Judging by my email in- box, the excitement of the moment seems entirely to concern the success or failure of the Springer Nature IPO. Not Stormy Daniels and the traumas that even money cannot take away. Not whether Theresa May can find the Alice in Wonderland magic mushroom and thus become small enough to squeeze through the crack between the floorboards called “Brexit escape route”. And least of all, will two parts of the globe ignite in local thermonuclear disaster, allowing the White House Press Secretary to claim that these problems have now been chalked up as Presidential successes, on the grounds that they no longer exist?
But for many in this industry, the Springer Nature IPO has been such a long running saga. Any company that moves out of Bertelsmann into three stages of PE ownership is going to feel some friction around re-entry into the earth’s atmosphere. All the PE company investors did well out of Springer over the years, leaving it now loaded with $3 billion in debt, some of which at least now needs to be cleared down. There has been constant date setting and cancelling since the last years of Emperor Franz Joseph (well, certainly since those of Dirk Haank). Now it just happened all over again. So what’s new?
Really very little. The IPO market in Germany is described as “soft” at the moment, though in recent months Spotify got away in Europe at $30 bn, and the markets seem to be enthused by iZettle, the point of purchase payment system. So maybe it is the story that is wrong, and which led to a $7 bn IPO to drop to a $3.2 bn part IPO, and then disappear altogether. Like the smile on the Cheshire Cat, we know it will be back, but in the meanwhile, while I am keyboard in hand, indulge me while I offer a little advice to the IM writers employed by the great firm.
"Dear Morgan Stanley and JP Morgan I really do hesitate to speak up – your all-knowingness being celebrated in all quarters – but I really did want to ask whether you thought publishing was, well, “sexy”. You see Siemens got their medical technology division away in a good IPO in Frankfurt a week or so ago and that was thought to be pretty exciting, and, as you are Global Co-Ordinators to the Deal at Springer Nature I worry that this grand company may be seen by investors not as the sexy change agent who will set the huge and valuable global research market alight, but as the No 2 player in a very solid market of have-to-have information with a long run of good Ebitda performance (admittedly down from the palmy days of the Big Deal), coping with a few hiccups in recent performance (well, you have to recognize that OA dilutes Ebitda a bit) and a long way in to the great story of digital transformation. Yes, I do know that investors have been spooked a bit by Elseviers little local difficulties in Germany. And the Digital Transformation is a bit of a puzzle when you are writing an IM – since no one who has been transformed has grown revenues over print, investors do need to be persuaded that “smaller and more profitable” is the right direction.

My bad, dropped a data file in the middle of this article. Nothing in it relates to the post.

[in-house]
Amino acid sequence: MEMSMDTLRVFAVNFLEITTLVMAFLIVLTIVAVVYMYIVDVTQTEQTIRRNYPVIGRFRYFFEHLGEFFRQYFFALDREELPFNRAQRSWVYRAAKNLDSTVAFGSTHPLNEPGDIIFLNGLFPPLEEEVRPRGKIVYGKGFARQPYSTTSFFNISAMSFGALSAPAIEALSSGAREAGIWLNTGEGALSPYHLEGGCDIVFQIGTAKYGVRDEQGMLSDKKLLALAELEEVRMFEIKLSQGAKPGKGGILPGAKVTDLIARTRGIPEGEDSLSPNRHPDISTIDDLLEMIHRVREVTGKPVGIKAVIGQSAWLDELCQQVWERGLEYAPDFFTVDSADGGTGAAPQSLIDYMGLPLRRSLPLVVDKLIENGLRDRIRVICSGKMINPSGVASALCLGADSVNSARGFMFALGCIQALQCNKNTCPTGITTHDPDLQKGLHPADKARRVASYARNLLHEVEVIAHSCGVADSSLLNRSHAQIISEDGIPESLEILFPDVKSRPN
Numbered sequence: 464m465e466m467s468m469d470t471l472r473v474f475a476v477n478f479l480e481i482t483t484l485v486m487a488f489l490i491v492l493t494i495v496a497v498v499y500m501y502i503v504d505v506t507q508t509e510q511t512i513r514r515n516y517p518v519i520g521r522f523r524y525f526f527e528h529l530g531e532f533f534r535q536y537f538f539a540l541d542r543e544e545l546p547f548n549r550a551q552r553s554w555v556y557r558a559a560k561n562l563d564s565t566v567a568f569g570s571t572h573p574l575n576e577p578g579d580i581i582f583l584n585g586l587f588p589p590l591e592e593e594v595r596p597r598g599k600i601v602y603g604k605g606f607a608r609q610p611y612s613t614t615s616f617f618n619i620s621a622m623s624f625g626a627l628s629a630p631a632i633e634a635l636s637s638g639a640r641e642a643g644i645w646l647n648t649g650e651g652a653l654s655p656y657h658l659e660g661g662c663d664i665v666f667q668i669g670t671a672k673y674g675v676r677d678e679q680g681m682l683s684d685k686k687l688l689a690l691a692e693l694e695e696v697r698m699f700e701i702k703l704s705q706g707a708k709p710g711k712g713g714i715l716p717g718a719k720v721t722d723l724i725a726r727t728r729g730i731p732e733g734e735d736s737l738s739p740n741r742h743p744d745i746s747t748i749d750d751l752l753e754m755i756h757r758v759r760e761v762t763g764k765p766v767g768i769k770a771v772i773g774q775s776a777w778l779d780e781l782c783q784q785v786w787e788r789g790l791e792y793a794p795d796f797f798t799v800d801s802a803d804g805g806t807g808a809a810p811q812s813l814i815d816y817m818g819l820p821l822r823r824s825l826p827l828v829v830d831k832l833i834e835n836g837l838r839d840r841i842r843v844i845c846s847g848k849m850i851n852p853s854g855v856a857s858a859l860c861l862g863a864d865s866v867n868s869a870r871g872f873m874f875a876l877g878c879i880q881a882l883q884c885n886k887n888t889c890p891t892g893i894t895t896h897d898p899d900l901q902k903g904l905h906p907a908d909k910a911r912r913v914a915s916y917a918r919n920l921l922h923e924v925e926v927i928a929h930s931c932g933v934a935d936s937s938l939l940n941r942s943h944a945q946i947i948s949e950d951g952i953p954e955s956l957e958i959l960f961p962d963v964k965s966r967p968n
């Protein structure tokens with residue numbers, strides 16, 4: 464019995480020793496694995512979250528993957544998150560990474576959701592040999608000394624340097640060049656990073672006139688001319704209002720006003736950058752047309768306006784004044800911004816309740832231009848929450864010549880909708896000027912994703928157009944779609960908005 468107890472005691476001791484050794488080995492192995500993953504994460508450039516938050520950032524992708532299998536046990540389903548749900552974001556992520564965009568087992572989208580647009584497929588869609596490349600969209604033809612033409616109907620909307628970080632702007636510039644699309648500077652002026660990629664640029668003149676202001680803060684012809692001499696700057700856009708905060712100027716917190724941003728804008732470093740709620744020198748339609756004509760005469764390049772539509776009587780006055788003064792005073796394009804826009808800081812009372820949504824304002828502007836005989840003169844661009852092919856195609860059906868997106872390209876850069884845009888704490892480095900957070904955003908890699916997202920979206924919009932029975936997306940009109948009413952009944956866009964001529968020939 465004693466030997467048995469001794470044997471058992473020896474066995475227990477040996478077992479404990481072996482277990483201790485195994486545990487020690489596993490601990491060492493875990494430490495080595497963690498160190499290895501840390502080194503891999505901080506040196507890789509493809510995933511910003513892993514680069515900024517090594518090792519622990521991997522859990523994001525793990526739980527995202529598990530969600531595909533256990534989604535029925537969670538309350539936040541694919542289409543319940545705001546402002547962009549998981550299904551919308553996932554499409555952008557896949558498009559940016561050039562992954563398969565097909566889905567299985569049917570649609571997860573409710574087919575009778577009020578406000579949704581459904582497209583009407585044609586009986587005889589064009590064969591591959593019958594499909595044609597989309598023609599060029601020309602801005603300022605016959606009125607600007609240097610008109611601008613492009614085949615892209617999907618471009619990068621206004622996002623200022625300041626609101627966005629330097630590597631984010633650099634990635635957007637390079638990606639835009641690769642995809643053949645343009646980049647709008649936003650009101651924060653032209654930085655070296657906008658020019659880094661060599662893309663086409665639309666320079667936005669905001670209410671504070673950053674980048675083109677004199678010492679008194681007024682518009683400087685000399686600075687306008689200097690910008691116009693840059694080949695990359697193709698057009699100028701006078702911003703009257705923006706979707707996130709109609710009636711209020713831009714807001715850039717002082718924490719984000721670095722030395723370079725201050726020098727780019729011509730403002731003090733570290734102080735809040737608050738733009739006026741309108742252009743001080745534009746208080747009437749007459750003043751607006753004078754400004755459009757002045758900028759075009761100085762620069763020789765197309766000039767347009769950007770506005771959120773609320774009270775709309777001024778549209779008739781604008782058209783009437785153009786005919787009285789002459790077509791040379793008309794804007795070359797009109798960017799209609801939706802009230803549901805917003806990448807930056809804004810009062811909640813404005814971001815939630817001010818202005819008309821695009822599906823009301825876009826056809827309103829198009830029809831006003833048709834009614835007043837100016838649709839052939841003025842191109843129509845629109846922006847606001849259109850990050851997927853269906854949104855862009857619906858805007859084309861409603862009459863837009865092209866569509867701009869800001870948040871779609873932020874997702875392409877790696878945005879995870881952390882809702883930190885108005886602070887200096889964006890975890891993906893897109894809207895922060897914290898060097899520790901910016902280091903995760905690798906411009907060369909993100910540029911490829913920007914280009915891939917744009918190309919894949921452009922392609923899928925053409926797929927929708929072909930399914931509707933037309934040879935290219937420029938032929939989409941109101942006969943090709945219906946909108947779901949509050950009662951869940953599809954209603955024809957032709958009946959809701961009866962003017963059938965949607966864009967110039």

So all this stuff about all the journals you have and how loved they are and how once the Elsevier big deal goes through the library yours is normally next… well, that may not be where the fire is now. When you come back with the 2019 IPO, try to find a bit of real allure. Try to see if the owners can find a bit of magic dust to sprinkle – any start-up with a web address ending .ai will do. Even better, say you are starting an incubator to develop the solutions to stream scholarly articles and data directly into the workflow of scientists, and using a revolutionary twist of Blockchain to do it. Make provision for future losses – they loved Spotify. Forget about content – its getting commoditized and anyway you can get it free in Kazakhstan and your investors know it. Talk about transforming the lives of end customers. And forget all this rubbish about library requirements. In fact, forget about libraries altogether. Talk about a company that is “in the forefront of revolutionising the workflow of the bench scientist” and “materially increasing the return on the global R&D budget”.
I will not write more since I think you have my drift, and as you know this keyboard is always for hire and as a good advisor I do not wish to give away too much before I see the sums in your contract. Reflect that I may be expensive, but I am a lot cheaper than pulling IPOs! Ever your humble etc David Worlock
So you see, dear readers, this IPO thing is not for serious people like us. We are engaged in change, not in marketing If you have reached this point you may be asking why Springer Nature did not acquire Digital Science right back at the point of merger. But I only answer trivial questions about how you address investors!
Originally published on davidworlock.com On 11th May 2018